Vernon Huber

Vernon Huber
Vernon Huber.jpg
36th Governor of American Samoa
In office
April 22, 1947 – June 15, 1949
Preceded byHarold Houser
Succeeded byThomas Francis Darden, Jr.
Personal details
BornAugust 28, 1899
Philadelphia, Illinois
DiedJune 17, 1967(1967-06-17) (aged 67)
El Camino Hospital, Los Altos, California
Spouse(s)Ida Brown
Alma materUnited States Naval Academy
OccupationNaval officer
AwardsLegion of Merit
Navy Commendation Medal
Military service
Allegiance United States
Branch/serviceUnited States Navy Seal United States Navy
RankUS-O8 insignia.svg Rear admiral
CommandsUSS Livermore (DD-429)
Battles/warsWorld War I
World War II

Vernon Huber (August 28, 1899 – June 17, 1967) was a United States Navy Rear admiral, and the 36th Governor of American Samoa from April 22, 1947 to June 15, 1949. He was born in Philadelphia, Illinois, and was appointed to the United States Naval Academy from that state. He served as the first commanding officer of the USS Livermore (DD-429) upon its launch in 1940. After his appointment, he advocated the diversification of the American Samoan economy. He also helped to increase the level American Samoan self-government, and was the first governor to serve alongside a Samoan legislature, the American Samoa Fono.


Huber was born on August 28, 1899 in Philadelphia, Illinois to parents Herbert Oliver and Nelle Davis Huber.[1] On December 27, 1927, he married Ida Brown.[1] Upon arriving at the El Camino Hospital in Los Altos, California on June 16, 1967, Huber was pronounced dead.[1]

Naval career[]

Huber was appointed to the United States Naval Academy on July 17, 1918.[2] He was the first commander of the USS Livermore (DD-429) upon its launch in 1940.[3]


On August 22, 1947, Huber relieved Harold Houser and took the office of Governor of American Samoa.[1] His assistant governor was Ralph Ramey.[4]

Huber supported the opening of a cannery by famed aviator Harold Gatty, believing it would help diversify the American Samoan economy.[5]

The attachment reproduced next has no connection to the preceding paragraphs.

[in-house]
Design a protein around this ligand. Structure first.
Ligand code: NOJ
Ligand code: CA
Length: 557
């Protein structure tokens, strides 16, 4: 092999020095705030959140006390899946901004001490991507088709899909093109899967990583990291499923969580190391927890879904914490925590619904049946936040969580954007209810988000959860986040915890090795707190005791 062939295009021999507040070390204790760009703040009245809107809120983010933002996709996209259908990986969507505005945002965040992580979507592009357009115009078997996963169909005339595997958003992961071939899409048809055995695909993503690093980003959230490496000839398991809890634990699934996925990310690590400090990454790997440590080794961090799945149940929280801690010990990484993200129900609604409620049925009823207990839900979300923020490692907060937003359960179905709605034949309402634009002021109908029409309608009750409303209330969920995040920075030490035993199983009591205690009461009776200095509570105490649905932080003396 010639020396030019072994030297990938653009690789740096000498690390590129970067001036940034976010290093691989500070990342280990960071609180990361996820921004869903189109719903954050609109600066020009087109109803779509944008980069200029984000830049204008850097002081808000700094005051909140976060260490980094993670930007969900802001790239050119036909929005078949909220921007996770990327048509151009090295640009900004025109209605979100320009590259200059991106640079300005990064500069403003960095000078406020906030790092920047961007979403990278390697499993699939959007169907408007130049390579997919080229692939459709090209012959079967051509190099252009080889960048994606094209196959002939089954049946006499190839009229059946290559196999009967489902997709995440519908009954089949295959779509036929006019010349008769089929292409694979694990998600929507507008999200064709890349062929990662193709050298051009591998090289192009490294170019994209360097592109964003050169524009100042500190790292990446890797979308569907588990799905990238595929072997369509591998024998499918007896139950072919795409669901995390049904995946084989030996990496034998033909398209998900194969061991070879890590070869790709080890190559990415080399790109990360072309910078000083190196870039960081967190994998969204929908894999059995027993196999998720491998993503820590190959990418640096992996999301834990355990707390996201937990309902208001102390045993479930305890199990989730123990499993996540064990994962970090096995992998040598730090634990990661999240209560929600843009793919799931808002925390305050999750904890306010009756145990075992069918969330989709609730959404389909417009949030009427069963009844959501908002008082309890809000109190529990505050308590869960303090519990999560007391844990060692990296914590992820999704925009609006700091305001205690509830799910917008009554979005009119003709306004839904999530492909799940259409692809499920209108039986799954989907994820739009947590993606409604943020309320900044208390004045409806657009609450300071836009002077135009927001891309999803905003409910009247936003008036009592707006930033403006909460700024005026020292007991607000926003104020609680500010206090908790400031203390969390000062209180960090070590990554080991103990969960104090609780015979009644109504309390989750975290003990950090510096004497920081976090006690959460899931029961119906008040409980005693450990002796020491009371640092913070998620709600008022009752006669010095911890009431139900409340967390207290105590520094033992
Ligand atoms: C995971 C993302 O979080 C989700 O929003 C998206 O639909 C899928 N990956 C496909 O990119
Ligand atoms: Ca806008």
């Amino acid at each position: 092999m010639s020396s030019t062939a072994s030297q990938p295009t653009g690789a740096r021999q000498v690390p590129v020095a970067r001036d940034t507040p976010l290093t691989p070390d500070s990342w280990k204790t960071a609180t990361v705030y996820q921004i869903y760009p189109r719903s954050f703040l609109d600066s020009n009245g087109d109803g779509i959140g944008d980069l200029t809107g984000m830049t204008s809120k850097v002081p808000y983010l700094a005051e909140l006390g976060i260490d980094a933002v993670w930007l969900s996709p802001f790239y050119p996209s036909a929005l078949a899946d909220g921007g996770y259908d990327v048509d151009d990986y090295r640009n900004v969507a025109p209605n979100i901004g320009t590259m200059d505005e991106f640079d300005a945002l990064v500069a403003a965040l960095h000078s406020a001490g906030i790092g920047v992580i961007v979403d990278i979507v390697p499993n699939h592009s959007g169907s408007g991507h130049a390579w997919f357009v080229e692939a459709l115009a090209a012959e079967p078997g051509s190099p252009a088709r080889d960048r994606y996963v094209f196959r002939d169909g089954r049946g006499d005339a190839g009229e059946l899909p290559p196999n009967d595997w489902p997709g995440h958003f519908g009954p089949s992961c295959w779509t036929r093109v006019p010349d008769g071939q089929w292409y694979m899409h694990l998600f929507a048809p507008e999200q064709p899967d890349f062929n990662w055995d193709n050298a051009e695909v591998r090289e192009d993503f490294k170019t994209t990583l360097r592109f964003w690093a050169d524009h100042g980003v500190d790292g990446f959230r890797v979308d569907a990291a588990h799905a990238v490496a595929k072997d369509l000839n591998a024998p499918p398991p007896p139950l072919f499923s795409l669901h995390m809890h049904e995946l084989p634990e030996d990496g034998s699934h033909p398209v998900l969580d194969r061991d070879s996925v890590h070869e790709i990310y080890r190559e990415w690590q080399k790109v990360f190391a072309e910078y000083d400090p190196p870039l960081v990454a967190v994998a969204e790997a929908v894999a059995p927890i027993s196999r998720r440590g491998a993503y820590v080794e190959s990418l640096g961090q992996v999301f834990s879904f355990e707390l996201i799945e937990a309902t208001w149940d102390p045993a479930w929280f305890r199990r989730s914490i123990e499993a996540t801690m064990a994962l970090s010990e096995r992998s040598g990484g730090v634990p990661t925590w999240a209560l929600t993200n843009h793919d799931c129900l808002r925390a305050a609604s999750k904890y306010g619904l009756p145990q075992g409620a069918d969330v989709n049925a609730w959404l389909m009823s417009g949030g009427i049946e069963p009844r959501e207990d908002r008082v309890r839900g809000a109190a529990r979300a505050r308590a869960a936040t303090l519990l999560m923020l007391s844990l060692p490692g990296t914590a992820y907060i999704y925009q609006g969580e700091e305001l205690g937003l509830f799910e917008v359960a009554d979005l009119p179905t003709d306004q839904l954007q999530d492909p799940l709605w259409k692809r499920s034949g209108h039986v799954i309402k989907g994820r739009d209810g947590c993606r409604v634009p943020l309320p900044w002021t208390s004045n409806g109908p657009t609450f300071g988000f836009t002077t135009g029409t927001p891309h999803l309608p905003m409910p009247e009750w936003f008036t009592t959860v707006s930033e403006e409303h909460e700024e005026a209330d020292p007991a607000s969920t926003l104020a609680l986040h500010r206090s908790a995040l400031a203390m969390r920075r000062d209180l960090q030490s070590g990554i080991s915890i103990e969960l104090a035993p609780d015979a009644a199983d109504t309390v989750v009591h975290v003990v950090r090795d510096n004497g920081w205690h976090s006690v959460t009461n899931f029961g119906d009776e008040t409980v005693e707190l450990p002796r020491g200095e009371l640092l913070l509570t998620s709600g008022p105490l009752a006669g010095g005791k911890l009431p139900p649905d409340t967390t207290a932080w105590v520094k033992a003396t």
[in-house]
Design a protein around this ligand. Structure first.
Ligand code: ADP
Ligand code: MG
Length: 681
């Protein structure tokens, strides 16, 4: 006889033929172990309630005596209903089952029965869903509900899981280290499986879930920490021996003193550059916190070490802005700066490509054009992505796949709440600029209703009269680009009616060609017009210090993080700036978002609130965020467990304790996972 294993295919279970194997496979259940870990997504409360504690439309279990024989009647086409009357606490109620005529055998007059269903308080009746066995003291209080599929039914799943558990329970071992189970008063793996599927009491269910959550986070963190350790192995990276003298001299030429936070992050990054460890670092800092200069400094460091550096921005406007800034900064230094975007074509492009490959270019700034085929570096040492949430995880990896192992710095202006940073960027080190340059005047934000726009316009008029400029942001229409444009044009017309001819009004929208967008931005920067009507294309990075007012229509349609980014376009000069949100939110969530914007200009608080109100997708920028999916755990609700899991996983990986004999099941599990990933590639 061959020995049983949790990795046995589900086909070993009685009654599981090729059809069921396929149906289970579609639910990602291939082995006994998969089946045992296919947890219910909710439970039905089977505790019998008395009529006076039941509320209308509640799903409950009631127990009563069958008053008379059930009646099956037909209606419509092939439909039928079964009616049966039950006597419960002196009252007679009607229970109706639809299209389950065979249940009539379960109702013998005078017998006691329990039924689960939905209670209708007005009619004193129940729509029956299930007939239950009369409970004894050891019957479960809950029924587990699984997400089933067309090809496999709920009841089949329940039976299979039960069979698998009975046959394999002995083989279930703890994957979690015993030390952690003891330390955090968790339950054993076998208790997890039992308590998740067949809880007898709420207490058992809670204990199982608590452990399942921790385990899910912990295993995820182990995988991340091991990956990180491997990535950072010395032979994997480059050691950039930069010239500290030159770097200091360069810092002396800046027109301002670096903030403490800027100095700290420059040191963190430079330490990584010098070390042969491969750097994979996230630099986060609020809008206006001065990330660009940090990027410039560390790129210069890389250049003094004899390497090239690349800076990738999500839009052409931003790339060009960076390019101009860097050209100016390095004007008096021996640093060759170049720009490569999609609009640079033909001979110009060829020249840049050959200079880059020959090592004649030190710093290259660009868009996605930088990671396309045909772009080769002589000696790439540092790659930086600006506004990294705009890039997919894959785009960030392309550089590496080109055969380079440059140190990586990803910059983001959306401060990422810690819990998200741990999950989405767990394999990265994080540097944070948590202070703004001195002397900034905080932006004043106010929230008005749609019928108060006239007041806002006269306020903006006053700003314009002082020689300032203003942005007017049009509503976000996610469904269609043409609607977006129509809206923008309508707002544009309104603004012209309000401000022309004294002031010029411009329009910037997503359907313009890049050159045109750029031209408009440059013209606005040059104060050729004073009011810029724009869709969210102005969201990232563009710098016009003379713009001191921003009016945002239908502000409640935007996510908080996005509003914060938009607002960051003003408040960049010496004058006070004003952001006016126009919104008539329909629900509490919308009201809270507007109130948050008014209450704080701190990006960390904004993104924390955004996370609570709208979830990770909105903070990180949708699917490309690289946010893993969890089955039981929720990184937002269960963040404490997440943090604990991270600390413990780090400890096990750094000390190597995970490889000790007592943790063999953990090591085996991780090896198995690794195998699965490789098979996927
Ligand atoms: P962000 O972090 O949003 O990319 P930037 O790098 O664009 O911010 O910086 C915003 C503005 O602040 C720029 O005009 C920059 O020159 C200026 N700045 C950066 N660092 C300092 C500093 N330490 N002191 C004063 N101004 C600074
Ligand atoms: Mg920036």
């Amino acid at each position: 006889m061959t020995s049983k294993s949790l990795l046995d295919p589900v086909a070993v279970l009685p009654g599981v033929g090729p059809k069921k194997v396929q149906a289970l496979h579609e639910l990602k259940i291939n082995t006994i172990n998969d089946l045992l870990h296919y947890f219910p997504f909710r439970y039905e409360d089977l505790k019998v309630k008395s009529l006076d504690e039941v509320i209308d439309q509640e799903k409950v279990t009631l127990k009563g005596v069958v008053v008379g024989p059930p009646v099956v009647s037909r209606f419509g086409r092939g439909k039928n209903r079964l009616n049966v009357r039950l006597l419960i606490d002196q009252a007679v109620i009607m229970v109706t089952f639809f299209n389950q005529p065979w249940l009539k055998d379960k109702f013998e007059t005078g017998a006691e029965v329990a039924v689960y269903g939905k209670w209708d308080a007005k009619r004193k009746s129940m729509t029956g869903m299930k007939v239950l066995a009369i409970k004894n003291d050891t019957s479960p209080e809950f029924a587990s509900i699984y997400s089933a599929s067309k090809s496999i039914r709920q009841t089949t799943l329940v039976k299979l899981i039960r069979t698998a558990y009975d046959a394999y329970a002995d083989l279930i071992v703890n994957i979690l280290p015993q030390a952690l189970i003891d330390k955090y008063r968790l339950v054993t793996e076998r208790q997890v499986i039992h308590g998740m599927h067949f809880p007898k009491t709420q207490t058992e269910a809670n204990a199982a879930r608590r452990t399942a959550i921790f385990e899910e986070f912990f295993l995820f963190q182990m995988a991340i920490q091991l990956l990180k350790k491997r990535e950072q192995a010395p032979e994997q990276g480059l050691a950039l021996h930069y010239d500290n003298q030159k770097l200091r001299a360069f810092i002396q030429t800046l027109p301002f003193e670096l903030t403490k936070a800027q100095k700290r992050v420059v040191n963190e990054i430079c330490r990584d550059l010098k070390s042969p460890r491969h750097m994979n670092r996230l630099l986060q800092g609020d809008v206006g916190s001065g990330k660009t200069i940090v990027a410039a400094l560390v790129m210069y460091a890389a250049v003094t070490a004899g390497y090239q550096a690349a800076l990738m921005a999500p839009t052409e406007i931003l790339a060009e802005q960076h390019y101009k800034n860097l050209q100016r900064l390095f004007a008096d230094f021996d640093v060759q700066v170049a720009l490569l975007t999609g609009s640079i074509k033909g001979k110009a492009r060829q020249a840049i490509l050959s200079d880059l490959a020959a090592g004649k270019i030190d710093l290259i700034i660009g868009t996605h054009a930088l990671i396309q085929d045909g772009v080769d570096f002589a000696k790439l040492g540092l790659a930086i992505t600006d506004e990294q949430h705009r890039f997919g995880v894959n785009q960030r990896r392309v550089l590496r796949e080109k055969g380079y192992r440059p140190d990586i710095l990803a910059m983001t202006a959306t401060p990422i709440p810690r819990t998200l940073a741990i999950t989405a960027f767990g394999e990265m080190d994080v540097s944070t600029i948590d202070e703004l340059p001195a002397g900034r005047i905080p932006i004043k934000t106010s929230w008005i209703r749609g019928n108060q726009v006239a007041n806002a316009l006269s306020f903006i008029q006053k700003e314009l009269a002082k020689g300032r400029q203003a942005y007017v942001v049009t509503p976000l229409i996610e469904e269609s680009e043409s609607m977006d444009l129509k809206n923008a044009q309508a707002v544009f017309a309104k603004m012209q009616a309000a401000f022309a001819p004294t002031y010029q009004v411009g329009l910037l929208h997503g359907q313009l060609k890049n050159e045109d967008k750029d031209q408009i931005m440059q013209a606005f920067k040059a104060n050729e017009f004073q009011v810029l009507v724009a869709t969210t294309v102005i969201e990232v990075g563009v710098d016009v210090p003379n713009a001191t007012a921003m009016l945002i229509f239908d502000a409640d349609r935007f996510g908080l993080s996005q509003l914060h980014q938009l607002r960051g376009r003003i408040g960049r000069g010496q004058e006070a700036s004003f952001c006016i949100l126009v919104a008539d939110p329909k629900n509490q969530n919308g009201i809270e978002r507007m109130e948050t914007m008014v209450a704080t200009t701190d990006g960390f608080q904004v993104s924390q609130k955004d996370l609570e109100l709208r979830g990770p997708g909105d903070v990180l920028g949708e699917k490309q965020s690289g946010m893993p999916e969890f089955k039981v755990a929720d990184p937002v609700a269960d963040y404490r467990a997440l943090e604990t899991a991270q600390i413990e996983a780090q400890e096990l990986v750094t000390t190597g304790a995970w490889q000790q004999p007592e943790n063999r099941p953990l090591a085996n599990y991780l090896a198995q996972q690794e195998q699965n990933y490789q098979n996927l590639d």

During his term, the Samoans moved towards greater self-government. Under Huber's encouragement, the legislature of the territory, the American Samoa Fono, convened for the first time.[6] As governor, Huber maintained certain powers over the legislature, including the power of veto.[7] This reversed the previous position of Governor Otto Dowling, who had claimed an act of the United States Congress would be required to form a legislature.[6] He ceded the office to Thomas Francis Darden, Jr. on June 15, 1949.[1]


  1. ^ a b c d e "Captain Vernon Huber". Governors. Government of American Samoa. 2010. Retrieved 17 May 2010.
  2. ^ Register of the Commissioned and Warrant Officers of the United States Navy and Marine Corps and Reserve Officers on Active Duty. Washington, D.C.: United States Government Printing Office. 1920. p. 265. Retrieved 17 May 2010.
  3. ^ Associated Press (8 October 1940). "New Destroyer Commissioned". The New York Times. New York City: The New York Times Company. p. 14.
  4. ^ Korman, Seymour (20 February 1949). "In Samoa the People Now Rule Chiefs". Chicago Daily Tribune. Chicago, Illinois: Tribune Company. pp. 1–2.
  5. ^ Lovelace, Douglas (2 August 1948). "Famed Flier Gatty Wants Fish Cannery". The Lewiston Daily Sun. Lewiston, Maine: Lewiston Daily Sun. p. 2. Retrieved 17 May 2010.
  6. ^ a b Sunia, Fofó Iosefa Fiti (1998). The Story of the Legislature of American Samoa. American Samoa: American Samoa Fono. p. 68. ISBN 982-9008-01-0. Retrieved 17 May 2010.
  7. ^ Associated Press (15 September 1948). "Samoas to Get New Government". Kentucky New Era. Hopkinsville, Kentucky. p. 5.